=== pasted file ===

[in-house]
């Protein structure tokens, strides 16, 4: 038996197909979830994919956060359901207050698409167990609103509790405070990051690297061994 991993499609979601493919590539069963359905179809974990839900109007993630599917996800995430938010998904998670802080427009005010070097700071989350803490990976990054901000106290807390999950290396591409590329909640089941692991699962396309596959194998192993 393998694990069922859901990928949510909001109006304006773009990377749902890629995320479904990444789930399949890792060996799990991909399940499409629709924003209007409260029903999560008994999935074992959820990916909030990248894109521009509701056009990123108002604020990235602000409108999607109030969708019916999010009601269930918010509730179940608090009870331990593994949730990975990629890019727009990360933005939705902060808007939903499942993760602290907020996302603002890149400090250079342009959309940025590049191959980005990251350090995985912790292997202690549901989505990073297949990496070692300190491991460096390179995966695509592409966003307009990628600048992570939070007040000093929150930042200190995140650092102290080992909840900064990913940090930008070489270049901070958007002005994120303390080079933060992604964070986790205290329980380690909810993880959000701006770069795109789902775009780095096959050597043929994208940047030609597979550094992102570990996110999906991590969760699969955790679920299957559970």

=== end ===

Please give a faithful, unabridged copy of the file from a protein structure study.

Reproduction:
[in-house]
């Protein structure tokens, strides 16, 4: 038996197909979830994919956060359901207050698409167990609103509790405070990051690297061994 991993499609979601493919590539069963359905179809974990839900109007993630599917996800995430938010998904998670802080427009005010070097700071989350803490990976990054901000106290807390999950290396591409590329909640089941692991699962396309596959194998192993 393998694990069922859901990928949510909001109006304006773009990377749902890629995320479904990444789930399949890792060996799990991909399940499409629709924003209007409260029903999560008994999935074992959820990916909030990248894109521009509701056009990123108002604020990235602000409108999607109030969708019916999010009601269930918010509730179940608090009870331990593994949730990975990629890019727009990360933005939705902060808007939903499942993760602290907020996302603002890149400090250079342009959309940025590049191959980005990251350090995985912790292997202690549901989505990073297949990496070692300190491991460096390179995966695509592409966003307009990628600048992570939070007040000093929150930042200190995140650092102290080992909840900064990913940090930008070489270049901070958007002005994120303390080079933060992604964070986790205290329980380690909810993880959000701006770069795109789902775009780095096959050597043929994208940047030609597979550094992102570990996110999906991590969760699969955790679920299957559970």